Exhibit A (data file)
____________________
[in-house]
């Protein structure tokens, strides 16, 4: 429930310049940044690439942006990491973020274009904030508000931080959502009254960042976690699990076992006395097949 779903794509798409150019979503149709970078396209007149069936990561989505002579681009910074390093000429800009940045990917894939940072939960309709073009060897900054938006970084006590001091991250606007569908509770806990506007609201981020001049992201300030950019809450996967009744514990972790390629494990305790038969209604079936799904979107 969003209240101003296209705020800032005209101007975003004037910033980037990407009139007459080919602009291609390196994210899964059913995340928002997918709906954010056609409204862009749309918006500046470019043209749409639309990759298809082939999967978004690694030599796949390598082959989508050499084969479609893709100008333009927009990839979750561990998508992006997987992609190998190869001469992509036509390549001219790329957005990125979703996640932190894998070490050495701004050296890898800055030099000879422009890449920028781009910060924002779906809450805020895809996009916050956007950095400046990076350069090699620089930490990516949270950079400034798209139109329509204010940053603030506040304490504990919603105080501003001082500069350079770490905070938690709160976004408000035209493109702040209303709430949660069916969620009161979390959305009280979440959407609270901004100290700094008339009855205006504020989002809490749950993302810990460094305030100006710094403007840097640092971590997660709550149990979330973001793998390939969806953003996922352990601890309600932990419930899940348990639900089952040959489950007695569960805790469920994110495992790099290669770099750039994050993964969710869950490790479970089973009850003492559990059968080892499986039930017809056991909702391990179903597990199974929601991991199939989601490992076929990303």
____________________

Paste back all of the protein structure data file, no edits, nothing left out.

[in-house]
């Protein structure tokens, strides 16, 4: 429930310049940044690439942006990491973020274009904030508000931080959502009254960042976690699990076992006395097949 779903794509798409150019979503149709970078396209007149069936990561989505002579681009910074390093000429800009940045990917894939940072939960309709073009060897900054938006970084006590001091991250606007569908509770806990506007609201981020001049992201300030950019809450996967009744514990972790390629494990305790038969209604079936799904979107 969003209240101003296209705020800032005209101007975003004037910033980037990407009139007459080919602009291609390196994210899964059913995340928002997918709906954010056609409204862009749309918006500046470019043209749409639309990759298809082939999967978004690694030599796949390598082959989508050499084969479609893709100008333009927009990839979750561990998508992006997987992609190998190869001469992509036509390549001219790329957005990125979703996640932190894998070490050495701004050296890898800055030099000879422009890449920028781009910060924002779906809450805020895809996009916050956007950095400046990076350069090699620089930490990516949270950079400034798209139109329509204010940053603030506040304490504990919603105080501003001082500069350079770490905070938690709160976004408000035209493109702040209303709430949660069916969620009161979390959305009280979440959407609270901004100290700094008339009855205006504020989002809490749950993302810990460094305030100006710094403007840097640092971590997660709550149990979330973001793998390939969806953003996922352990601890309600932990419930899940348990639900089952040959489950007695569960805790469920994110495992790099290669770099750039994050993964969710869950490790479970089973009850003492559990059968080892499986039930017809056991909702391990179903597990199974929601991991199939989601490992076929990303």